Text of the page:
The white surface of ice and snow reflects heat back out to space. Theory and models suggest that as snow and ice cover increases it can reach a point where temperatures spiral downwards. More ice reflects more heat, cooling the planet further, and extending the ice sheets towards the equator.
CO2 levels still grow during Snowball Earth because atmospheric CO2 comes largely from volcanoes, which would still be active.
But, if ice covered the planet, the process that removes CO2 naturally from the atmosphere - weathering - would fail. CO2 dissolves into water creating a weak acid that dissolves rocks removing carbon dioxide from the water as it goes.
An ice sheet covering water and rocks prevents weathering allowing CO2 to build in the atmosphere, even while the rest of the planet freezes. A stable state is reached at around -45ºC. Average temperatures on the planet today are a relatively balmy +15ºC.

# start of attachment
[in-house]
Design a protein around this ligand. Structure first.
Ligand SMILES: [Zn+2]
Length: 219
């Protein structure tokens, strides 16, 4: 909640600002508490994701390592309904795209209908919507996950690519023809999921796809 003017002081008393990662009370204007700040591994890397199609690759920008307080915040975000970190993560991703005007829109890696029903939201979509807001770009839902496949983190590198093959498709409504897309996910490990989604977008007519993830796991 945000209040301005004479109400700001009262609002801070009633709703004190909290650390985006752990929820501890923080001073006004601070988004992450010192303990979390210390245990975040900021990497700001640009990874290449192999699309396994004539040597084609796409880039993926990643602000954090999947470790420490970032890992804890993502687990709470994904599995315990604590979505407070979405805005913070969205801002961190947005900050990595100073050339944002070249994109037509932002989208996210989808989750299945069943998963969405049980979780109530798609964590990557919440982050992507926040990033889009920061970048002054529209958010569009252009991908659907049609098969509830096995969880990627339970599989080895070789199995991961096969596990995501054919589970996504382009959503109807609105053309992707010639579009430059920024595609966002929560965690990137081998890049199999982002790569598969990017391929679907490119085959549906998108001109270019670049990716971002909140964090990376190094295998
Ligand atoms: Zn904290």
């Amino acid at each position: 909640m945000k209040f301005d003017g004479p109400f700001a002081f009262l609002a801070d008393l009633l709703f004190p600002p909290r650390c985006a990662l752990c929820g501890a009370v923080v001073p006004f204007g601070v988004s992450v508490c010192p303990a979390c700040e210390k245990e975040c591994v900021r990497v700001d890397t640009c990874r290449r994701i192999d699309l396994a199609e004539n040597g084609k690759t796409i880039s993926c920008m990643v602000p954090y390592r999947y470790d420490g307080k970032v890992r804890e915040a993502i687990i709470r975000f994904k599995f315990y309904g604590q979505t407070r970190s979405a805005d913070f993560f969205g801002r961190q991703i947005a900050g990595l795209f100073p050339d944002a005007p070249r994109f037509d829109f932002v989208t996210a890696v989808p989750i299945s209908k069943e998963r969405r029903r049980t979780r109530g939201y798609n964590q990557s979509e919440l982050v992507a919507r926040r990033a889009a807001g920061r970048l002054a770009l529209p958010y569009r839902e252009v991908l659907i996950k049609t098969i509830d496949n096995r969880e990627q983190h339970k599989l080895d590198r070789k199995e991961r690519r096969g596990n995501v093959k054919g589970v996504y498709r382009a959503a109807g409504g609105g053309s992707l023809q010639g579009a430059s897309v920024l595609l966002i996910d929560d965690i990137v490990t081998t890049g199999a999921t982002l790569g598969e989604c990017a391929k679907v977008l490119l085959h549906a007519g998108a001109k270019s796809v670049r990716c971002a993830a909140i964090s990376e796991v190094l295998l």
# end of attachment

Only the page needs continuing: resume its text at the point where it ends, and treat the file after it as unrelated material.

In addition, most water on the planet would have been locked up in the ice, creating an extremely arid environment: water vapour in the atmosphere would be a fraction of today's value. Water vapour is a powerful greenhouse gas. Together with clouds it forms the largest percentage of the greenhouse effect. So elevated CO2 levels, without additional water vapour, would not necessarily remove the chill completely from the air.
Atmospheric and ocean circulations would also be limited in this extreme environment. Without an efficient way of distributing the sun's heat north and south from the equator, any warmth would tend to remain there.
It is possible that conditions may not have been quite so harsh. The team's results also accord with the Slushball Earth theory where average temperatures would be around 0 ºC - ice sheets reach down to lower latitudes, glaciers at sea level in the tropics, but some areas remain ice-free.
'In either case, the hyper-arid environment we found in Svalbard is entirely consistent with the idea of ice sheets largely covering the continents, even close to the equator,' says Fairchild.
The research was funded in the UK by the Natural Environment Research Council.